Lemon butter is one of those recipes you cannot boil after you've put it into the jar, to seal the lid, so consume within the month with refrigeration. They also make a gorgeous filling for mini tart shells too.

Now you can enjoy your lemons for the spread, and save your fish for the lemon grass instead. :)

Saturday, August 21, 2010

In one fortuitous moment...

....the a-frame chicken tractor, went *crack*! It didn't crumple due to faulty construction, it actually stopped a tree from falling on the house. This picture was taken the day after.

24 hours later

Unfortunately, there were two innocent guinea-pigs inside the a-frame at the time. With all the leaves obsuring the view and heavy branches resting above the door, we couldn't get to them to see if they were okay. Our daughter panicked as mum ran for the bush saw, so dad could cut them free.

Dad was not too popular at that stage, feeling terrible himself - but everyone was racing to save the guinea pigs! Eventually we got the branches off the door - the guinea-pigs were scared, but safe, thankfully. My heart is still racing just thinking about it.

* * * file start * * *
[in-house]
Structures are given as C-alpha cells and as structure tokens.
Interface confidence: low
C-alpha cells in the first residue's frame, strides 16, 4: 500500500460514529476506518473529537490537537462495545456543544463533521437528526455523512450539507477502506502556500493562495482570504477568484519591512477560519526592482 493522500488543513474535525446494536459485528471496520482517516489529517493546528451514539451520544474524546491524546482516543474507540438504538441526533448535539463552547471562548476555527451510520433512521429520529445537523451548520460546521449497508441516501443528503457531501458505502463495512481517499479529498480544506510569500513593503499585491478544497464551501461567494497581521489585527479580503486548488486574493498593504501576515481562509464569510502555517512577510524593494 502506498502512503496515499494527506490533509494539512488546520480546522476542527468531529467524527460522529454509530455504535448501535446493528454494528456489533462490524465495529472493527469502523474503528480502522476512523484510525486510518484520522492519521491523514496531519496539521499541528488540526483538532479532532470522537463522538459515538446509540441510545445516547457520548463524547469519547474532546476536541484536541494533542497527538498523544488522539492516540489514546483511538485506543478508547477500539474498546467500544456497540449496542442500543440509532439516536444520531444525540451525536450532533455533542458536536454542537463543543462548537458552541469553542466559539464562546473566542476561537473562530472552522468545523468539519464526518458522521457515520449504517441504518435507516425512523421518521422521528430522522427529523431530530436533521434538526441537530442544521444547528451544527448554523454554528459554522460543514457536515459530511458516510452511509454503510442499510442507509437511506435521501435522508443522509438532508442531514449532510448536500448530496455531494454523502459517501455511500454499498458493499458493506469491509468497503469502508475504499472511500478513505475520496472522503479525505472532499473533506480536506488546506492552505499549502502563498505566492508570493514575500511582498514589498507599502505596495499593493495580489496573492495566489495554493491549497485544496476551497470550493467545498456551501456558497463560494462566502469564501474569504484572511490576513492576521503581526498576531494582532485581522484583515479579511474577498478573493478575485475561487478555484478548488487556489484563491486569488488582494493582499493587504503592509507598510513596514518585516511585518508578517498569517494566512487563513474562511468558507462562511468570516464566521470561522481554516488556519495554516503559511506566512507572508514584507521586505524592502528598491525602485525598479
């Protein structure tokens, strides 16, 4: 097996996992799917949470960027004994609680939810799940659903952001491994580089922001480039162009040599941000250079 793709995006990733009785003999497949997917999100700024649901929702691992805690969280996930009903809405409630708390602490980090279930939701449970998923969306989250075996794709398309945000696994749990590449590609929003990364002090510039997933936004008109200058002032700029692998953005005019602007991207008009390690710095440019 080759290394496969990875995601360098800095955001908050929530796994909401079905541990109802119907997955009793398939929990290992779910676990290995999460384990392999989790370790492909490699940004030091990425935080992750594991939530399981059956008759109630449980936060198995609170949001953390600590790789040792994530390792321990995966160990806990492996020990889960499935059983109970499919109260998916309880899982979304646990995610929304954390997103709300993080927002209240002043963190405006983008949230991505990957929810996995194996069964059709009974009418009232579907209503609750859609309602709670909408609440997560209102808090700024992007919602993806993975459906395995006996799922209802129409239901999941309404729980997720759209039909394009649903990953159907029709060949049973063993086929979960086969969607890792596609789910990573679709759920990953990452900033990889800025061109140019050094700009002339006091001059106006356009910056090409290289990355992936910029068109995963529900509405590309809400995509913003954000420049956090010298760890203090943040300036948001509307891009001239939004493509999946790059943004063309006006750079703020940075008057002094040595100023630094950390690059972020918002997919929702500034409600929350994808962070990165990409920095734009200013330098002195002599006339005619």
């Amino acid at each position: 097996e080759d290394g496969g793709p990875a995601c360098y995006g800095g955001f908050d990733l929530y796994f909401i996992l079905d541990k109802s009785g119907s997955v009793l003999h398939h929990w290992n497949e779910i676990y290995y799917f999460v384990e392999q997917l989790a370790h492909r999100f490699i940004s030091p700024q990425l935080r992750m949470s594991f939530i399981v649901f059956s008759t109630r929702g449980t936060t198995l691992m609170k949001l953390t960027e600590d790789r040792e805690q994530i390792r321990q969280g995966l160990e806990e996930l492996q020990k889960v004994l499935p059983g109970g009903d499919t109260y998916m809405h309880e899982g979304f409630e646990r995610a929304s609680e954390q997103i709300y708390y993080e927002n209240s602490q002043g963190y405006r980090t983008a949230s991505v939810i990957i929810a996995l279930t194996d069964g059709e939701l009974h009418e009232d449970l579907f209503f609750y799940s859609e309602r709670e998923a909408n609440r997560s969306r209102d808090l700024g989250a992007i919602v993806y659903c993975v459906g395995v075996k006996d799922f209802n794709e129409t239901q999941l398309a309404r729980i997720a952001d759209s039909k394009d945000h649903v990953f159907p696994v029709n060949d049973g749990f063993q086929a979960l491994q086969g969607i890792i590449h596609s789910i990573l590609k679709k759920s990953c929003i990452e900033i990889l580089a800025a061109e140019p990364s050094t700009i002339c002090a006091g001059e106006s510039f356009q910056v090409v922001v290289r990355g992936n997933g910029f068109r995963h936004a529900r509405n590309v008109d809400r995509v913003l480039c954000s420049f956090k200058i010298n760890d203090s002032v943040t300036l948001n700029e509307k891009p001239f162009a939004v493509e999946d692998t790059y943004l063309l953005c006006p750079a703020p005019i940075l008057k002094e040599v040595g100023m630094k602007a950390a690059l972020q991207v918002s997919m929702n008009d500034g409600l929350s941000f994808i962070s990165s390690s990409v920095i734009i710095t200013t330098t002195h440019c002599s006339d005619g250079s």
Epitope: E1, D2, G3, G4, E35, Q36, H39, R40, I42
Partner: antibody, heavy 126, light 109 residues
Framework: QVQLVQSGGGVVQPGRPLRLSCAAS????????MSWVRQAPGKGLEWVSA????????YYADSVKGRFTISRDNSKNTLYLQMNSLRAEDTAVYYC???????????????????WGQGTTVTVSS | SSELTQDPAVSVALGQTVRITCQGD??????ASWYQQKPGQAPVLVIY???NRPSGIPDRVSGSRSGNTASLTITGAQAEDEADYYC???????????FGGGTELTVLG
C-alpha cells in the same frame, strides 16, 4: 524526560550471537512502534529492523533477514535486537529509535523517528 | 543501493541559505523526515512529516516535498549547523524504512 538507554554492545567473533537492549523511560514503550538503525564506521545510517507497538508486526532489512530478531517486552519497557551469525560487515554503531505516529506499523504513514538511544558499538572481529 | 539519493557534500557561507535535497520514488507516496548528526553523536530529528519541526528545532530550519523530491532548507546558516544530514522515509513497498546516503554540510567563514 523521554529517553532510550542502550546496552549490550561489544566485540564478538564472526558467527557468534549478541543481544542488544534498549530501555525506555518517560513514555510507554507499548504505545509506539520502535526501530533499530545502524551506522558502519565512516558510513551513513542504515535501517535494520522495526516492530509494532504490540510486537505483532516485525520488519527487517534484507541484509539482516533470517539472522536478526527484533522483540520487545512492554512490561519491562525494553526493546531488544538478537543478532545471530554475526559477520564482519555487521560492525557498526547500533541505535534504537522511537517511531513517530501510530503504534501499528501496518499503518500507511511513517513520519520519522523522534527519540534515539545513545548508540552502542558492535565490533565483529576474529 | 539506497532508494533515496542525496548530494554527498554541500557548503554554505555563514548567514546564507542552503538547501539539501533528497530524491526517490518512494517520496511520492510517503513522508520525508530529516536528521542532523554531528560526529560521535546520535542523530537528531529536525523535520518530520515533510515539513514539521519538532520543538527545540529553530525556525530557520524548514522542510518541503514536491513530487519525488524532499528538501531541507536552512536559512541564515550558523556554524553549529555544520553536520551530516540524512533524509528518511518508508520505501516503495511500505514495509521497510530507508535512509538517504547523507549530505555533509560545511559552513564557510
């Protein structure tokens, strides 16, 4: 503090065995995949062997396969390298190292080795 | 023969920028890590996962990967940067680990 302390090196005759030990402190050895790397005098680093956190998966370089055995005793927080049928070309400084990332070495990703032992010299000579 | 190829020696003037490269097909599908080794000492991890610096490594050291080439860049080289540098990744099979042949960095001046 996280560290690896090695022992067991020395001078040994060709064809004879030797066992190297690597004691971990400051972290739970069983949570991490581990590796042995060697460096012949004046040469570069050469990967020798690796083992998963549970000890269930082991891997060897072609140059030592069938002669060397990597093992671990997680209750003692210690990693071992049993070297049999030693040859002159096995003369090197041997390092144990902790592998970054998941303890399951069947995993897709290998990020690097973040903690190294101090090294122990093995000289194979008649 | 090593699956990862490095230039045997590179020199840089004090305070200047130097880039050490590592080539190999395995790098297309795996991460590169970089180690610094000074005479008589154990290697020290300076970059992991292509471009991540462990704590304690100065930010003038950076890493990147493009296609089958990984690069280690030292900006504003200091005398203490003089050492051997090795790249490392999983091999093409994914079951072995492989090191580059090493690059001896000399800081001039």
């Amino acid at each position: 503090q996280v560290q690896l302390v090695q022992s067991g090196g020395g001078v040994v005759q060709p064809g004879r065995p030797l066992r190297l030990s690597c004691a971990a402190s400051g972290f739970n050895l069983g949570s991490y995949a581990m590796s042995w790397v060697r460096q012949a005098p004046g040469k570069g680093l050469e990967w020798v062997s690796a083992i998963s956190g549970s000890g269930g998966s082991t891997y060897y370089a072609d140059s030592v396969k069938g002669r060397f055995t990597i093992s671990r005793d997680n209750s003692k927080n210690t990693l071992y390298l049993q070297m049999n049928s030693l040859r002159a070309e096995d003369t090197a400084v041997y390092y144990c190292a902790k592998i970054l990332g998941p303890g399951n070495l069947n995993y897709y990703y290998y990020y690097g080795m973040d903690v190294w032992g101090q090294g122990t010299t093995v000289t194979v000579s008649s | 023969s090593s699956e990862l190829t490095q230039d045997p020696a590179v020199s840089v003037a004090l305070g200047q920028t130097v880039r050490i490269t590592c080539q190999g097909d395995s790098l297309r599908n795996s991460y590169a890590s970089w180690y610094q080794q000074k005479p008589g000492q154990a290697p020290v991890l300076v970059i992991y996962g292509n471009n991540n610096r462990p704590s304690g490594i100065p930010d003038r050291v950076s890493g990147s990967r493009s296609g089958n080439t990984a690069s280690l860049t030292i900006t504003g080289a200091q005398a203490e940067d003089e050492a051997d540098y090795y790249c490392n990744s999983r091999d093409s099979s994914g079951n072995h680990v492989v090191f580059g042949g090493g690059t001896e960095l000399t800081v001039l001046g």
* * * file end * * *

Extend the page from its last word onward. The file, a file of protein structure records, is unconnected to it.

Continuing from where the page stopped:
Crunch!

But the a-frame isn't in such good shape. This was my first major construction project with wood, and while it pains me to see it taken out by a tree, geez it held itself up well. Not only that, it protected the guinea pigs and the house. What a wonderful little project which has achieved so much!

The wood used to build it was mostly recycled from pallets, it housed our first chickens, grew-out chicks we hatched in the incubator (several batches) and helped fertilise our very first veggie patch.

Freshly on the job 2008

It was beginning to be used as a day-pen for the guinea-pigs until this fortuitous day. Several times I watched them feed, and I thought they needed something a little lower. I said to myself, what a pity I cannot remodel it - I mean, after all that effort it took to build it, I wasn't going to start tearing it down for guinea pigs.